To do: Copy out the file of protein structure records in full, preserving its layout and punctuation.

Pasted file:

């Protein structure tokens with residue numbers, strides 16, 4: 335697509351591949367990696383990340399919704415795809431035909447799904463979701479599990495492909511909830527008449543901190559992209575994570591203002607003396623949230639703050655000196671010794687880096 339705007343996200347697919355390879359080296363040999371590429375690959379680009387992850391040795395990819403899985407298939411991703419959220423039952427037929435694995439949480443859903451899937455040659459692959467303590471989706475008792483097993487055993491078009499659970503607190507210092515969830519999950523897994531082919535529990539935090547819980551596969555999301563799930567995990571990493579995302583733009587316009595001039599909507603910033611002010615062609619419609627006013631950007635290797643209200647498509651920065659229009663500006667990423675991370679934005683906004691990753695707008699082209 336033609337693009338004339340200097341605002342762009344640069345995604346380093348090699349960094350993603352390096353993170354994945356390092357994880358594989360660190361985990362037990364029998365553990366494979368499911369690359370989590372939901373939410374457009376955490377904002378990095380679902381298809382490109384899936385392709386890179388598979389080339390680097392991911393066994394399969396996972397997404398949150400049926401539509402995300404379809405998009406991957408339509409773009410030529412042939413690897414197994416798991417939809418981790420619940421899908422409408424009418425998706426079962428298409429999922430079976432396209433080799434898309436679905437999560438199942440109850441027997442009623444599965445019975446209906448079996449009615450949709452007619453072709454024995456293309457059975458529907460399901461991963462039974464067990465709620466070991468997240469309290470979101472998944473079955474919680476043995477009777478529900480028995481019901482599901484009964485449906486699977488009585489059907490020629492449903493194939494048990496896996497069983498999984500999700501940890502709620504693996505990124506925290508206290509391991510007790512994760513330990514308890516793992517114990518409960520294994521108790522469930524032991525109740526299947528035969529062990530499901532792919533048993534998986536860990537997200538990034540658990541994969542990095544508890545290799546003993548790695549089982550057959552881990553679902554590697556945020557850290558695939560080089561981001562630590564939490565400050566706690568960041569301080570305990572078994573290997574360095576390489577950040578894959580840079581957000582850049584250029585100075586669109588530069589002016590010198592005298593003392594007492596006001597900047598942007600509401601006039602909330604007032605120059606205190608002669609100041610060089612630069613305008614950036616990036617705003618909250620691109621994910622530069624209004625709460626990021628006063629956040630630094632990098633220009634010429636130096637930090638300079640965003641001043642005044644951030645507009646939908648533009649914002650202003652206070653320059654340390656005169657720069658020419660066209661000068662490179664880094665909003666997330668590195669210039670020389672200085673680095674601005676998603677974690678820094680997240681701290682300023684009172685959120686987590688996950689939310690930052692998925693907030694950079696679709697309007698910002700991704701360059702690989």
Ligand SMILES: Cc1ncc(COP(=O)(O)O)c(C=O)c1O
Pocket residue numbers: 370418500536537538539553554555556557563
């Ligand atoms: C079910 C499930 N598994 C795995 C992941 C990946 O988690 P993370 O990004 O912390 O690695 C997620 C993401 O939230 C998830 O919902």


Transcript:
């Protein structure tokens with residue numbers, strides 16, 4: 335697509351591949367990696383990340399919704415795809431035909447799904463979701479599990495492909511909830527008449543901190559992209575994570591203002607003396623949230639703050655000196671010794687880096 339705007343996200347697919355390879359080296363040999371590429375690959379680009387992850391040795395990819403899985407298939411991703419959220423039952427037929435694995439949480443859903451899937455040659459692959467303590471989706475008792483097993487055993491078009499659970503607190507210092515969830519999950523897994531082919535529990539935090547819980551596969555999301563799930567995990571990493579995302583733009587316009595001039599909507603910033611002010615062609619419609627006013631950007635290797643209200647498509651920065659229009663500006667990423675991370679934005683906004691990753695707008699082209 336033609337693009338004339340200097341605002342762009344640069345995604346380093348090699349960094350993603352390096353993170354994945356390092357994880358594989360660190361985990362037990364029998365553990366494979368499911369690359370989590372939901373939410374457009376955490377904002378990095380679902381298809382490109384899936385392709386890179388598979389080339390680097392991911393066994394399969396996972397997404398949150400049926401539509402995300404379809405998009406991957408339509409773009410030529412042939413690897414197994416798991417939809418981790420619940421899908422409408424009418425998706426079962428298409429999922430079976432396209433080799434898309436679905437999560438199942440109850441027997442009623444599965445019975446209906448079996449009615450949709452007619453072709454024995456293309457059975458529907460399901461991963462039974464067990465709620466070991468997240469309290470979101472998944473079955474919680476043995477009777478529900480028995481019901482599901484009964485449906486699977488009585489059907490020629492449903493194939494048990496896996497069983498999984500999700501940890502709620504693996505990124506925290508206290509391991510007790512994760513330990514308890516793992517114990518409960520294994521108790522469930524032991525109740526299947528035969529062990530499901532792919533048993534998986536860990537997200538990034540658990541994969542990095544508890545290799546003993548790695549089982550057959552881990553679902554590697556945020557850290558695939560080089561981001562630590564939490565400050566706690568960041569301080570305990572078994573290997574360095576390489577950040578894959580840079581957000582850049584250029585100075586669109588530069589002016590010198592005298593003392594007492596006001597900047598942007600509401601006039602909330604007032605120059606205190608002669609100041610060089612630069613305008614950036616990036617705003618909250620691109621994910622530069624209004625709460626990021628006063629956040630630094632990098633220009634010429636130096637930090638300079640965003641001043642005044644951030645507009646939908648533009649914002650202003652206070653320059654340390656005169657720069658020419660066209661000068662490179664880094665909003666997330668590195669210039670020389672200085673680095674601005676998603677974690678820094680997240681701290682300023684009172685959120686987590688996950689939310690930052692998925693907030694950079696679709697309007698910002700991704701360059702690989």
Ligand SMILES: Cc1ncc(COP(=O)(O)O)c(C=O)c1O
Pocket residue numbers: 370418500536537538539553554555556557563
């Ligand atoms: C079910 C499930 N598994 C795995 C992941 C990946 O988690 P993370 O990004 O912390 O690695 C997620 C993401 O939230 C998830 O919902």